What I learned is that folks who choose to move to Uruguay sure seem like they’ve got it figured out. It’s a nice life. And so far away from the world’s problems. What ultimately steered me away from Uruguay was that…while it’s a great place to retire, it would be a hard place for someone like me to earn money. As I explained in the previous post, my personal financial resources should provide me with the basic I want what I want lifestyle without having to work. But I just can’t embrace the mind-set of “retiring.” I want to continue working in the solar/renewables industry… assuming they’ll have me.
One other thing that kind of turned me off about Uruguay. From what I gathered, Uruguayans are not very “driven.” They live a super chilled-out lifestyle and that’s the way they like it. No one’s in a hurry. No one (of course I am hugely generalizing) is clamoring to do first-rate work and get ahead in life. Coming from America I thought this might be a little too much culture-shock. Granted, I should expect to make some attitudinal adjustments wherever I’m going, but bounds of reason, right?
The Puzzle of A Thousand Pieces Comes Together
To the six faithful readers of this blog- the ones who have been there from the beginning and read every post with genuine interest. And to all the rest who have caught a glimpse of my musings here and there…. I feel joyous in telling you:
I am moving to Spain. I am moving to Salamanca, Spain.
What a moment this is! I am taking a deep breath now. Getting myself to this point has been such an awesome intellectual, psychological, and literary journey! Of course, my story is far from over (since I am both not dead and haven’t physically gone anywhere yet); I’m just saying the journey from the Puzzle of a Thousand Pieces post to this one has already been epic.
Yes, I will continue to blog as I move forward with my plans. In terms of the central story-arc of the 1 More World blog, however, just a few more posts remain.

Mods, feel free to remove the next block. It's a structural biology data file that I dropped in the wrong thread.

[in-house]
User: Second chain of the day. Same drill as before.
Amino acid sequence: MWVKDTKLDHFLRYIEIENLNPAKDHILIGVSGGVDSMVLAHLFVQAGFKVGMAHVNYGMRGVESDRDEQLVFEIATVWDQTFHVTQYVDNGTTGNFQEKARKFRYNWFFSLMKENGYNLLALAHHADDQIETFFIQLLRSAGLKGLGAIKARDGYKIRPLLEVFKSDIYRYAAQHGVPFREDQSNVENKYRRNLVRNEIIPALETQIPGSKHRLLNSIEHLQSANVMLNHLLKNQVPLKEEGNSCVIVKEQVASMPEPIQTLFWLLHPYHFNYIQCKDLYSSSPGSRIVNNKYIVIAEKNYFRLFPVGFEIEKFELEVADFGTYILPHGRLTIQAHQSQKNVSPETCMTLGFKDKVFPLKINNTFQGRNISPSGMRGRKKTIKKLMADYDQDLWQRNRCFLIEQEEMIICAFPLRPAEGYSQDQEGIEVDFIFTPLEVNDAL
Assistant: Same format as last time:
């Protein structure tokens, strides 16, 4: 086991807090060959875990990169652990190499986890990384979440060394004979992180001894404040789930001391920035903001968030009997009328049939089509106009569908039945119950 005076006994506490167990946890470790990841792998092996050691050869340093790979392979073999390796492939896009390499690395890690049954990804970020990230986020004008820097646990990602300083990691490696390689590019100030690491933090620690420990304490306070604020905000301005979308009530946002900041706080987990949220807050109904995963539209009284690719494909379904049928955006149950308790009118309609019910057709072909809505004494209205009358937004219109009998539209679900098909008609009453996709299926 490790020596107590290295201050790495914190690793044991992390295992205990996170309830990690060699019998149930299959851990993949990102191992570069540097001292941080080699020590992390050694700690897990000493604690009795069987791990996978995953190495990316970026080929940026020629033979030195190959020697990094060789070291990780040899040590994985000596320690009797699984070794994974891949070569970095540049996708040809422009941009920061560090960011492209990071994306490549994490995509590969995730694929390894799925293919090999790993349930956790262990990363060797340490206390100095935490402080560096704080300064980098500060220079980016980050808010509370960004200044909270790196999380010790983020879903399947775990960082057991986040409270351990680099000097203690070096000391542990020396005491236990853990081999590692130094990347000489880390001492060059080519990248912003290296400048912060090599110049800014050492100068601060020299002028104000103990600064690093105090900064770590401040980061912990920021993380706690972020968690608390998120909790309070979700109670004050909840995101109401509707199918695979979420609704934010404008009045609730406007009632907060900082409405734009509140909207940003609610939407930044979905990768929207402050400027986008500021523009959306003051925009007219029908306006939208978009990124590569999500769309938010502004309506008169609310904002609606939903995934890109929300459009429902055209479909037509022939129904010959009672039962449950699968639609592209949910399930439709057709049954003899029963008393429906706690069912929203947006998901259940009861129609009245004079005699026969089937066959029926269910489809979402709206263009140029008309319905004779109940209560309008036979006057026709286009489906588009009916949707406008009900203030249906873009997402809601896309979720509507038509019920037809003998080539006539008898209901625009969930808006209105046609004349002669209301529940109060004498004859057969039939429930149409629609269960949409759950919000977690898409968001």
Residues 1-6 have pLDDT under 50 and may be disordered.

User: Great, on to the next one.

Before leaving you today, please grant me a few extra words to tell you about my new city of Salamanca (population est. 150,000), and to thank my friend David King for bringing this spot of earth to my attention. Salamanca is a beautiful ancient-world city located less than 2 hours west-northwest of Madrid by train. Despite Salamanca’s 2000 year old history, it stays relevant today by being a “university town,” home to the University of Salamanca fighting salamanders. [Okay, I made that last part up. I don’t actually know what their school mascot is.] The University of Salamanca is notable for being the third-oldest continuously operating university in the entire world– founded in 1134!!!
I have been to Spain on two different occasions but never to Salamanca. I’m so looking forward to it.
The next four posts of the 1 More World blog are SUPER-interesting. Keep reading!
5 thoughts on “Search For The Pearl”
You’re a hero! Nice to virtually meet you, David. I believe I’m also one of the six dedicated readers.
Fighting Salamanders. What Ultimate team wouldn’t want that on their Jersey? Hell ya.
Not I, nor anyone else can travel that road for you.
You must travel it by yourself.
It is not far.
It is within reach.
Perhaps you have been on it since you were born, and did not know.
~ Walt Whitman